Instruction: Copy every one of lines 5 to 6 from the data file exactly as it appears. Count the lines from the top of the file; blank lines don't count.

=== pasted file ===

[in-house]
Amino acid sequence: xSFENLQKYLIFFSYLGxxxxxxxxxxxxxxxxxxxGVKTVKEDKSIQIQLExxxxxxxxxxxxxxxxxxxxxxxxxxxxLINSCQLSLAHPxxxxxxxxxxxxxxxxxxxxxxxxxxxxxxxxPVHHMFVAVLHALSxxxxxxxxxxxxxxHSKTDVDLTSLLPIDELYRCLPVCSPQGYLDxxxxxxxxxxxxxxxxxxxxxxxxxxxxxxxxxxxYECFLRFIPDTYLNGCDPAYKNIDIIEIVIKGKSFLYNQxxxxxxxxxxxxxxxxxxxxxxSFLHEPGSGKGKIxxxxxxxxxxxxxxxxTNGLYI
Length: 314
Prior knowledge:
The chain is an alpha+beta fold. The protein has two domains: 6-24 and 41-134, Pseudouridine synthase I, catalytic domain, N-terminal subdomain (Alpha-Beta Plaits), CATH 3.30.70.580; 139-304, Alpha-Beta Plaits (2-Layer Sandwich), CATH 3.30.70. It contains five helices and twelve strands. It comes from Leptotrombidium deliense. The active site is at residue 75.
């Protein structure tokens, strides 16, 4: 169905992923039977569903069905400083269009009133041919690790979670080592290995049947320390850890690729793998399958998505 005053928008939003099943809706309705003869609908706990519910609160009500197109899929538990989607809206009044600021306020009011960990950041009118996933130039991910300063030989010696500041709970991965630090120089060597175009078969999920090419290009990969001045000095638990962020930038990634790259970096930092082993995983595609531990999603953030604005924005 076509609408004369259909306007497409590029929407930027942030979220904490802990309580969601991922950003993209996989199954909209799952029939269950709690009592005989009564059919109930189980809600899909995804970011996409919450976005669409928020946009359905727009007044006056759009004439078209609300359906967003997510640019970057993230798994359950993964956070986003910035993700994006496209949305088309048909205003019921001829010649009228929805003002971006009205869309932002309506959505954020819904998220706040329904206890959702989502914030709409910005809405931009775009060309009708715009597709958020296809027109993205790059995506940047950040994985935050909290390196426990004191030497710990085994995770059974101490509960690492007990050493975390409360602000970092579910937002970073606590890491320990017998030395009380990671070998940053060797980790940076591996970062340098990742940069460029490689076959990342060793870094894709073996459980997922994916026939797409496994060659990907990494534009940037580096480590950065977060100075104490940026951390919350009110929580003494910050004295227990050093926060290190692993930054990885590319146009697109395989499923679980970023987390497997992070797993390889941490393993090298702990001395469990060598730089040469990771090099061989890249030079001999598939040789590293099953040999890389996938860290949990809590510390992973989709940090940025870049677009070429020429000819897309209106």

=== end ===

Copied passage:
The chain is an alpha+beta fold. The protein has two domains: 6-24 and 41-134, Pseudouridine synthase I, catalytic domain, N-terminal subdomain (Alpha-Beta Plaits), CATH 3.30.70.580; 139-304, Alpha-Beta Plaits (2-Layer Sandwich), CATH 3.30.70. It contains five helices and twelve strands. It comes from Leptotrombidium deliense. The active site is at residue 75.
């Protein structure tokens, strides 16, 4: 169905992923039977569903069905400083269009009133041919690790979670080592290995049947320390850890690729793998399958998505 005053928008939003099943809706309705003869609908706990519910609160009500197109899929538990989607809206009044600021306020009011960990950041009118996933130039991910300063030989010696500041709970991965630090120089060597175009078969999920090419290009990969001045000095638990962020930038990634790259970096930092082993995983595609531990999603953030604005924005 076509609408004369259909306007497409590029929407930027942030979220904490802990309580969601991922950003993209996989199954909209799952029939269950709690009592005989009564059919109930189980809600899909995804970011996409919450976005669409928020946009359905727009007044006056759009004439078209609300359906967003997510640019970057993230798994359950993964956070986003910035993700994006496209949305088309048909205003019921001829010649009228929805003002971006009205869309932002309506959505954020819904998220706040329904206890959702989502914030709409910005809405931009775009060309009708715009597709958020296809027109993205790059995506940047950040994985935050909290390196426990004191030497710990085994995770059974101490509960690492007990050493975390409360602000970092579910937002970073606590890491320990017998030395009380990671070998940053060797980790940076591996970062340098990742940069460029490689076959990342060793870094894709073996459980997922994916026939797409496994060659990907990494534009940037580096480590950065977060100075104490940026951390919350009110929580003494910050004295227990050093926060290190692993930054990885590319146009697109395989499923679980970023987390497997992070797993390889941490393993090298702990001395469990060598730089040469990771090099061989890249030079001999598939040789590293099953040999890389996938860290949990809590510390992973989709940090940025870049677009070429020429000819897309209106």